Third, you will take things personally. Yes, our opponents in apologetics often mean to insult us, and they do mean things personally. All I mean here is that when one is doing apologetics for himself, he will respond to these personal insults. He may be personally insulting in return, or he may become solely concerned with proving the other person wrong.
Fourth, you will do whatever it takes to “win.” Suddenly, and usually without knowing when, evangelism and Gospel-defending are dropped as an aim. In its place, the personal and prideful goal of winning the argument becomes primary. This will involve misinterpreting an opponent’s statements in the worst light possible, feigning incredulity at how silly they could be, and then defeating a strawman of the principle or argument under contention. These shameful and dishonest tactics should never be found from Christian apologists, but they are: because of pride.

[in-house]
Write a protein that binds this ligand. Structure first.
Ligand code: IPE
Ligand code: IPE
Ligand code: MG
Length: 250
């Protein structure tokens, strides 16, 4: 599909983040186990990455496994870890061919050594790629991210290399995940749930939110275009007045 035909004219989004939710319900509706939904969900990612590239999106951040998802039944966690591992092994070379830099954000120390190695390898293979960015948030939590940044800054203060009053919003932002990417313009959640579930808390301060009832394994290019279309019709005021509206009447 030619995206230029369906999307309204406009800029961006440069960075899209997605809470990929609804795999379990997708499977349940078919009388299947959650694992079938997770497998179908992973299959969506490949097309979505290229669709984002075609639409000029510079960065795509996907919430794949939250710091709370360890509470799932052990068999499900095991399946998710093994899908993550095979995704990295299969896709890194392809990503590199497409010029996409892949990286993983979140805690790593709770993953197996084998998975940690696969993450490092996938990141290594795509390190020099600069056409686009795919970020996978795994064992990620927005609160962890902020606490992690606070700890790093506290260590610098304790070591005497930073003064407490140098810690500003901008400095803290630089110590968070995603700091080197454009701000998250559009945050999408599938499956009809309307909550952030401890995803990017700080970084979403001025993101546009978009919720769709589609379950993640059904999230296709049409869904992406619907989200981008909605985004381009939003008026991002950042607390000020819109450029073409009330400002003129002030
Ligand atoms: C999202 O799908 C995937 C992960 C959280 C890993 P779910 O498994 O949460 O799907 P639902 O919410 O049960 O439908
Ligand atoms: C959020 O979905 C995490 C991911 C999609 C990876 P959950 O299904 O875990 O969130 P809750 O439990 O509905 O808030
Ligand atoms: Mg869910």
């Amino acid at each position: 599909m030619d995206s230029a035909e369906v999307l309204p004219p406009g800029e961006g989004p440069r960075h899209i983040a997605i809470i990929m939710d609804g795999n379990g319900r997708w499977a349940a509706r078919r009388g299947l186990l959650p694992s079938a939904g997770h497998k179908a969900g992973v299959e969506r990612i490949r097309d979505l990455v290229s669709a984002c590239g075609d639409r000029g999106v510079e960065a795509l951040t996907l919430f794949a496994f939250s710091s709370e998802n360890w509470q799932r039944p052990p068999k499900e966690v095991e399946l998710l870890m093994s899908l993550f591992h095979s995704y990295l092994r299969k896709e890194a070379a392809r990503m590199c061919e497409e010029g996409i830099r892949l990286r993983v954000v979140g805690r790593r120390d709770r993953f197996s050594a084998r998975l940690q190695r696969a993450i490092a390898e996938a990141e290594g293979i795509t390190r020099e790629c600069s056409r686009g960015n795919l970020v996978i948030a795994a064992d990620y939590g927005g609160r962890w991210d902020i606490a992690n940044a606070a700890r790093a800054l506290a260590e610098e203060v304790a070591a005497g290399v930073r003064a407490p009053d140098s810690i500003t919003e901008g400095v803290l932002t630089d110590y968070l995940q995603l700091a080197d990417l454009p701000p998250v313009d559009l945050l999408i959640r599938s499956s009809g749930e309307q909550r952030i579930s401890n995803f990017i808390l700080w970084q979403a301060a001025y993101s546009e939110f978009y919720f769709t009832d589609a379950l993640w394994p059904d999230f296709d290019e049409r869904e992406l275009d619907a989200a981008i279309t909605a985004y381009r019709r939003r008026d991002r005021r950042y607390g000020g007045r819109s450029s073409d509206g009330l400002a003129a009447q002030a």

Finally, you will treat Christian brothers and sisters badly. This last one is perhaps the most egregious of all. Too many internet gatherings of Christian apologists, meant for encouragement and intellectual resource, turn in to little more than petty arguments over apologetic method, theology, creation, hermeneutics, apologist-heroes, and, ironically, whether or not these criteria for pride apply. There is a sub-test within this category: can you accept that you’re wrong from someone other than yourself? What about from everyone, so long as they are actually correct? Too often, we’re only wrong when we say we are, and at no other time! If I bring it up, then yes, I am wrong. If you bring it up, sorry—you are wrong. If, within our apologetic practice, we are never wrong, or never accept it from others, then there is something off. That something is pride.